Don Lessem (1951-) Biography
Personal, Addresses, Career, Member, Honors Awards, Writings, Sidelights
("Dino" Don Lessem)
Born 1951, in New York, NY; Education: Brandeis University, B.A. (cum laude; Oriental art history) 1973; attended University of Massachusetts—Boston, 1976. Politics: Anarchist. Religion: Jewish. Hobbies and other interests: Travel, sports.
Agent—Al Zuckerman, Writers House, 21 West 26th St., New York, NY 10010.
Writer and consultant. Science journalist for Boston Globe and other periodicals; Dinosaur Productions, Waban, MA, president, 1995—; Dinosaur Exhibitions, Waban, president, 1996—. Writer and host of episodes of television programs Discovery and Nova for Public Broadcast System (PBS). Technical advisor on films and for theme parks.
Dinosaur Society (founder), Society of Vertebrate Paleontology, Windsor Club (board member).
Several National Science Teachers Association awards; Knight Science Journalism fellowship, Massachusetts Institute of Technology, 1988.
Life Is No Yuk for the Yak: A Book of Endangered Animals, illustrated by Linda Bourke, Crane Russak (New York, NY), 1977.
How to Flatten Your Nose, Klutz Press, 1978.
Aerphobics: The Scientific Way to Stop Exercising (humor), Morrow (New York, NY), 1980.
The Worst of Everything: The Experts' Listing of the Most Loathsome and Deficient in Every Realm of Our Lives, McGraw-Hill (New York, NY), 1988.
(With John R. Horner) Digging up Tyrannosaurus Rex, Crown (New York, NY), 1992.
Kings of Creation: How a New Breed of Scientists Is Revolutionizing Our Understanding of Dinosaurs, illustrated by John Sibbick, Simon & Schuster (New York, NY), 1992, published as Dinosaurs Rediscovered: New Findings Which Are Revolutionizing Dinosaur Science, Touchstone (New York, NY), 1993.
(With John R. Horner) The Complete T. Rex: How Stunning New Discoveries Are Changing Our Understanding of the World's Most Famous Dinosaur, Simon & Schuster (New York, NY), 1993.
(With Donald F. Glut) The Dinosaur Society's Dinosaur Encyclopedia, Random House (New York, NY), 1993.
The Iceman, Crown (New York, NY), 1994.
Jack Horner: Living with Dinosaurs, illustrated by Janet Hamlin, Scientific American Books for Young Readers (New York, NY), 1994.
Inside the Amazing Amazon: Incredible Fold-out Cross Sections of the World's Greatest Rainforest, illustrated by Michael Rothman, Crown (New York, NY), 1995.
(With Donald Glut) Dinosaur Encyclopedia, Random House (New York, NY), 1996.
Ornithomimids, the Fastest Dinosaur, illustrated by Brian Franczak, Carolrhoda (Minneapolis, MN), 1996.
Raptors: The Nastiest Dinosaurs, illustrated by David Peters, Little, Brown (Boston, MA), 1996.
Seismosaurus: The Longest Dinosaur, illustrated by Donna Braginetz, Carolrhoda (Minneapolis, MN), 1996.
Troodon, the Smartest Dinosaur, illustrated by Brian Franzack, Carolrhoda (Minneapolis, MN), 1996.
Utahraptor: The Deadliest Dinosaur, illustrated by Donna Braginetz, Carolrhoda (Minneapolis, MN), 1996.
(With Rodolfo Coria) Supergiants! The Biggest Dinosaurs, illustrated by David Peters, Little, Brown (Boston, MA), 1997.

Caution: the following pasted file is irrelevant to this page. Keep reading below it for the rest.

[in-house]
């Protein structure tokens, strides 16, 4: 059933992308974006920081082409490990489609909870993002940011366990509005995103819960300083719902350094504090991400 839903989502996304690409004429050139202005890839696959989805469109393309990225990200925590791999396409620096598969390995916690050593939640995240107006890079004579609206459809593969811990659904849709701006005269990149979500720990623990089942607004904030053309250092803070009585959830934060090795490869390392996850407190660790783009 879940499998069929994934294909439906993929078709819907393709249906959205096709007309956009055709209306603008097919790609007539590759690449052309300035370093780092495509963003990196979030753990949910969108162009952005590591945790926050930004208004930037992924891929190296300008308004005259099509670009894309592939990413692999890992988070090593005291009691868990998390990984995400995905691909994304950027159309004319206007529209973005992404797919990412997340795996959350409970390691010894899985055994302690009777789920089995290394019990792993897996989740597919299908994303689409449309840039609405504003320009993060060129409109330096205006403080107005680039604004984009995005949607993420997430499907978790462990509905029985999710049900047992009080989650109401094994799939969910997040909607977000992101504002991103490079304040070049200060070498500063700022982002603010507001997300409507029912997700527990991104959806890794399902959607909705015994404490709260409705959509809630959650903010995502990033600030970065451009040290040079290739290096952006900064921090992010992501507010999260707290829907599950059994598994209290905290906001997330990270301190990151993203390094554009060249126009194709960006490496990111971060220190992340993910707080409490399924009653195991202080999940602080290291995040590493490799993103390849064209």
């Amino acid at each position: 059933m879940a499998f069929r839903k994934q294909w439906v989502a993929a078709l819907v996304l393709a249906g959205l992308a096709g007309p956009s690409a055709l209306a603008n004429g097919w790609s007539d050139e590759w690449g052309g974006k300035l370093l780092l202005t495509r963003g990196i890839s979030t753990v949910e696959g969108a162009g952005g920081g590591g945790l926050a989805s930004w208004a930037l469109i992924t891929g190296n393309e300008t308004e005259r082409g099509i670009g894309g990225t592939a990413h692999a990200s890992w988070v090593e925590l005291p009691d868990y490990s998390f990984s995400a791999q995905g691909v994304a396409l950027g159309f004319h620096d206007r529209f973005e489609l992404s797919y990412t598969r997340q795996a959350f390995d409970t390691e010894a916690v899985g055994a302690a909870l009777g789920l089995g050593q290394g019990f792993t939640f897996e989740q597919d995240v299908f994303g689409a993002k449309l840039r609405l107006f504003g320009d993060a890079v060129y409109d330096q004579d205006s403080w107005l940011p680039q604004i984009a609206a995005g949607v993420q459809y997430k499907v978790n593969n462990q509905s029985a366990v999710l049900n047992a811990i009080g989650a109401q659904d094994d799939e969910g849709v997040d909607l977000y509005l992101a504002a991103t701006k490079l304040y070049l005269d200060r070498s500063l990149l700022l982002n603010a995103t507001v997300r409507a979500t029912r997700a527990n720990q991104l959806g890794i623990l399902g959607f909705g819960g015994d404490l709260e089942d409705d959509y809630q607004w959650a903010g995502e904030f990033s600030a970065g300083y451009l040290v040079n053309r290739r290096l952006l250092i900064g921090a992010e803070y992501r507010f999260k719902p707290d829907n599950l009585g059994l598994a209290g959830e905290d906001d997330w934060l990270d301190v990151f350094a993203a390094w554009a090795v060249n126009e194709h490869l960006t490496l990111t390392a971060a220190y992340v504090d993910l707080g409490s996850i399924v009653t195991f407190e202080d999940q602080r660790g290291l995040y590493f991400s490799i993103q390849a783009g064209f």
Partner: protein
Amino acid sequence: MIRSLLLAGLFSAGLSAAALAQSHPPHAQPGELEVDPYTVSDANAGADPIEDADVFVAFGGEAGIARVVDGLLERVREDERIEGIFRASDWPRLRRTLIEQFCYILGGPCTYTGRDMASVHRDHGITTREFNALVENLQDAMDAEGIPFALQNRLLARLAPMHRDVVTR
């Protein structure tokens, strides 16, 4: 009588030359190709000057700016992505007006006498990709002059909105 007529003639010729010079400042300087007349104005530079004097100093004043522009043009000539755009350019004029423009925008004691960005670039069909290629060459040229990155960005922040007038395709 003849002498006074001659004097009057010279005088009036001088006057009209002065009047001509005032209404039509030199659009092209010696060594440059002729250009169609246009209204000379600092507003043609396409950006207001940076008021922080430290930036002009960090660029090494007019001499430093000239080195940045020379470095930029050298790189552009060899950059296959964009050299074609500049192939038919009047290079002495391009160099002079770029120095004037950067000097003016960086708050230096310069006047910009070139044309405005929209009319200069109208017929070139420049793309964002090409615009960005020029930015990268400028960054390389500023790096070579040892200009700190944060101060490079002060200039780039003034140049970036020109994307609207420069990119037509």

Bigger than T-Rex, Random House (New York, NY), 1997.
Skeleton Detective, Random House (New York, NY), 1997.
Dinosaur Worlds: New Dinosaurs, New Discoveries, Boyds Mills Press (Honesdale, PA), 1997.
Dinosaurs to Dodos: An Encyclopedia of Extinct Animals, illustrated by Jan Sovak, Scholastic (New York, NY), 1999.
The Ultimate Dinosaur Field Guide, Klutz Press, 1999.
Looking Lousy, Morrow (New York, NY), 1999.
All the Dirt on Dinosaurs, illustrated by Kevin Wasden, Tor Kids (New York, NY), 2001.
Tyrannosaurus Rex, illustrated by Hall Train, Candlewick Press (Cambridge, MA), 2002.
The Dinosaur Atlas: A Complete Look at the World of Dinosaurs, illustrated by John Bindon, Firefly Books (New York, NY), 2003.
Dinosaurs A to Z: The Ultimate Dinosaur Encyclopedia, illustrated by Jan Sovak, Scholastic (New York, NY), 2004.
Regular columnist for Highlights for Children magazine under name Dino Don; author and editor of Dino Times (newsletter). Contributor to periodicals, including Boston Globe and New York Times.
"WHEN DINOSAURS LIVED" SERIES; AS "DINO" DON LESSEM
Baby Dinosaurs, illustrated by John Bindon, Grosset & Dunlap (New York, NY), 2001.
Biggest Dinosaurs, illustrated by John Bindon, Grosset & Dunlap (New York, NY), 2001.
Giants of the Sky, illustrated by John Bindon, Grosset & Dunlap (New York, NY), 2002.
Longtime science journalist Don Lessem specializes in writing about science for middle graders and penning humorous books for adults. His engaging style and evident excitement about his topics, coupled with his dedication to providing accurate, accessible information on his subjects, have made Lessem's books popular with readers and critics alike. Nicknamed "Dino" Don, Lessem is best known for his books on dinosaurs and the scientists who have dedicated their lives to uncovering the mysteries of these long-extinct animals. Beginning his book-writing career with Life Is No Yuk for the Yak, which profiles endangered species alongside lighthearted limericks and Linda Bourke's cartoon illustrations, he often combines science with a humorous approach. The majority of Lessem's books outline the history of and current findings about a wide variety of dinosaurs: their discovery, habits, environments, and time periods.